“Here it goes,” she muttered, “I’m going to go in, tell him I have a case I want study- no wait, that’s too forward.” she paused, thinking of something else. “Maybe something like, ‘I have a friend who was mur- ah, no.’” She looked up, the blue sky reflecting in her brown eyes as she tried to find some inspiration. “If I told him I was interested because of some dream I have been having, he’s going to think I’m insane.”
'However… that’s not nearly as crazy as saying that I’m being sent on a mission by a bossy angel and/or dead girl.' She turned direction and paced again, thinking of what she would say. It was then she got an idea.
She glanced at her reflection in the window. "Claire, are you there? Please answer me!" She lowered her guard, allowing the windows to become covered with the vague images of the dreaming people nearby. Suddenly the imagery was blown away as a semi-transparent Claire appeared in the window with a huge grin.
"You called for me! I could not be happier! What do you need?"
"The child who saw the murder, who are they, and how long ago did it happen?"
Claire nodded, "The child is a young boy who lives near you. The woman was his mother. He is ten now, and was three or four when the murder occurred."
"How should I get more information?"
Claire smiled, "I will jog someone's memory."
Before Océane could ask for clarification, the front door of the station opened. “Is something wrong mademoiselle? Do you need to report something?”
Océane turned to see a gorgeous police lady who was looking at her with honest concern. The teen found herself unable to say anything, wondering how on earth a fashion model ended up as a National Police officer.
“You can come in and talk about it. You have been pacing out here for a while.” The officer said, extending a hand.
“Ah, er,” Océane stuttered, feeling bad she had been the cause of such compassion. “Merci beaucoup.” she agreed and the policewoman escorted her in.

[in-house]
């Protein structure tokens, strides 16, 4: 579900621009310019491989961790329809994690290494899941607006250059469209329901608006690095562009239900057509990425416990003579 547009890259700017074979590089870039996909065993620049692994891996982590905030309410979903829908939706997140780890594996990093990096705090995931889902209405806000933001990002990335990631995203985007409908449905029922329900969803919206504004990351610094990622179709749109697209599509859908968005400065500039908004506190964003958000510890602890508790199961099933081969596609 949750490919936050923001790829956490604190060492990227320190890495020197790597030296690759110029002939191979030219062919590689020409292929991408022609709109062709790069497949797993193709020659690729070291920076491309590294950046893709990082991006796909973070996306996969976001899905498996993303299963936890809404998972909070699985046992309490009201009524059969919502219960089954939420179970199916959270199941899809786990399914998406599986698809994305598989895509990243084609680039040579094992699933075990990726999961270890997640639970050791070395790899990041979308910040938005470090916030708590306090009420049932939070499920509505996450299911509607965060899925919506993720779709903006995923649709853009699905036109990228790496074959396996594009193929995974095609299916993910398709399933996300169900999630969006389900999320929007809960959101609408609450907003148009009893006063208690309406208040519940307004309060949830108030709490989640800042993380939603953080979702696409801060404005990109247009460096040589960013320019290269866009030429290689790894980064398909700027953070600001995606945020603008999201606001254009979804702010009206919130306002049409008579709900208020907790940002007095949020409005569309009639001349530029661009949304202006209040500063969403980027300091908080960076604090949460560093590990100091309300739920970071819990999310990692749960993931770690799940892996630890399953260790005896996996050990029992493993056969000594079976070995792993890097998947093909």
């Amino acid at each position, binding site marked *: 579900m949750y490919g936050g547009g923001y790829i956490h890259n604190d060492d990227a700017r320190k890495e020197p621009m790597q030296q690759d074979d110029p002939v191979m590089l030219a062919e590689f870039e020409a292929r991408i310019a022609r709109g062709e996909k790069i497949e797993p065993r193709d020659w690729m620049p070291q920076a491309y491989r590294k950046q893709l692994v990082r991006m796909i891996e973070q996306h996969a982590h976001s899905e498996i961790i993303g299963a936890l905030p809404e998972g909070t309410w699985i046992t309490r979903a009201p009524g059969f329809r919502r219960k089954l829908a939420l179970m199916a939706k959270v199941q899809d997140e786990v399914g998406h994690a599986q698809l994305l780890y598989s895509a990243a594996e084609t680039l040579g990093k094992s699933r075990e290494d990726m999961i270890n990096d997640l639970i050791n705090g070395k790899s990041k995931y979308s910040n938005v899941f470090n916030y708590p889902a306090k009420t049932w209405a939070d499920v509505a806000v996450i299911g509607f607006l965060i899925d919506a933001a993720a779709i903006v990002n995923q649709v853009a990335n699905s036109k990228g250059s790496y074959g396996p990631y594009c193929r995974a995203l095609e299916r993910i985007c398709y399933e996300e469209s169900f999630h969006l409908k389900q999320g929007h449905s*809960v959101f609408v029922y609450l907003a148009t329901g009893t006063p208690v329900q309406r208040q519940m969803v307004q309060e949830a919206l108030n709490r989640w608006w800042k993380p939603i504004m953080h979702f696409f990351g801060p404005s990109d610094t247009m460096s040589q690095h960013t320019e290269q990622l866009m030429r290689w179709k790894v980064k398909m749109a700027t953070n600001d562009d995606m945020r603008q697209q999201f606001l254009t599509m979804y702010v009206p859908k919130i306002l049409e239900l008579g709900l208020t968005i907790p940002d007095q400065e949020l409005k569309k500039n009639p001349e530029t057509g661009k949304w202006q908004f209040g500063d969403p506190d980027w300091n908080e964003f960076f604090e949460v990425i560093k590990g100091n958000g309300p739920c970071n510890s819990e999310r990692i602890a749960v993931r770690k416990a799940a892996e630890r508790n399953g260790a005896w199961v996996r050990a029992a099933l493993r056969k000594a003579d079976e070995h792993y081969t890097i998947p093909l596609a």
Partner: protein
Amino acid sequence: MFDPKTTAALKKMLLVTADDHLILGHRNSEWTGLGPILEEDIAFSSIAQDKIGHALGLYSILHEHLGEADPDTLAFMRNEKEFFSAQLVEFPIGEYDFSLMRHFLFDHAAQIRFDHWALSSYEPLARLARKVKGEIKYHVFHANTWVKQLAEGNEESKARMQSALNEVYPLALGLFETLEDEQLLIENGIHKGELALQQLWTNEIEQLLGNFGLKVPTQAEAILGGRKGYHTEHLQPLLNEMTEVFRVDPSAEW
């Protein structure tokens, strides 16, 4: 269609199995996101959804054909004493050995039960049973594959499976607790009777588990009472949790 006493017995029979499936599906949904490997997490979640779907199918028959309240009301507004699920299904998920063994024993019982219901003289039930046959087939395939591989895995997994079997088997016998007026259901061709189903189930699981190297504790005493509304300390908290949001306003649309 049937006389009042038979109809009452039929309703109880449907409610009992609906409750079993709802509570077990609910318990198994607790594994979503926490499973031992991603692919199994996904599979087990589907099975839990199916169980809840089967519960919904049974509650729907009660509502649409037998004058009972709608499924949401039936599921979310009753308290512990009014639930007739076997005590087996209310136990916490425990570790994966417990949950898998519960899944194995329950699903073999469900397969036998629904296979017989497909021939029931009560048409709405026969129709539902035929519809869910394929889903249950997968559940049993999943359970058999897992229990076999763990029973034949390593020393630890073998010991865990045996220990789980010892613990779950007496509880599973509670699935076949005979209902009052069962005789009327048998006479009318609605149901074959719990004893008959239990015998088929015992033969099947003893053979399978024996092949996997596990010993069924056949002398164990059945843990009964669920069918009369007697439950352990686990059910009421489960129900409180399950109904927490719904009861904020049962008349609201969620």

For the first time in a long time Océane insecure about her appearance, beyond the brace. Next to her stood perhaps the prettiest woman she had ever seen, with golden blonde hair pulled up fashionably beneath her hat, classy turquoise earrings, and flawless skin. Océane felt like an ogre.
The officer guided her sit by the coffee machine in the hall then took a seat beside her.
“So, what is the matter?” The woman asked, smiling to reveal, of course, perfect white teeth.
“Umm, well, I-” the girl tried to find what to say, she still hadn’t settled on anything. “Could I talk to Lieutenant Michael Porter?” she asked.
“You know Michael?” she asked surprised.
“Yes, I signed up for his law enforcement course through my high school.” Océane nodded.
“Oh, is that it? You needn’t feel so nervous; we are happy to have any guests who don't arrive in handcuffs. I’ll go see if he’s in.” The woman laughed warmly as her riding boots clapped on the waxed floor. She stopped by a desk and spoke with someone out of view. She looked up and waved for Océane to come over.
Letting out a tense sigh, Océane rose and walked around the corner to the desk where Porter removed his reading glasses and smiled. “Mademoiselle Lafayette, Bonjour.” He stood to shake her hand.
“Bonjour Lieu. Porter.”
The police lady also offered her hand, “Sarah Devareaux.”
“My pleasure.” Océane replied, shaking her hand.
The lieutenant snatched a seat from another desk and rolled it over for her. After she was seated in front of his desk he asked. “Why are you here so early? School is in session isn’t it?”
“I took a day off,” Océane replied, she set her folder in her lap. “I have something important to talk about, concerning this programme.”
His eyebrow raised in interest and Sarah cocked her head slightly, both of them intrigued at the gravity of the youth’s voice.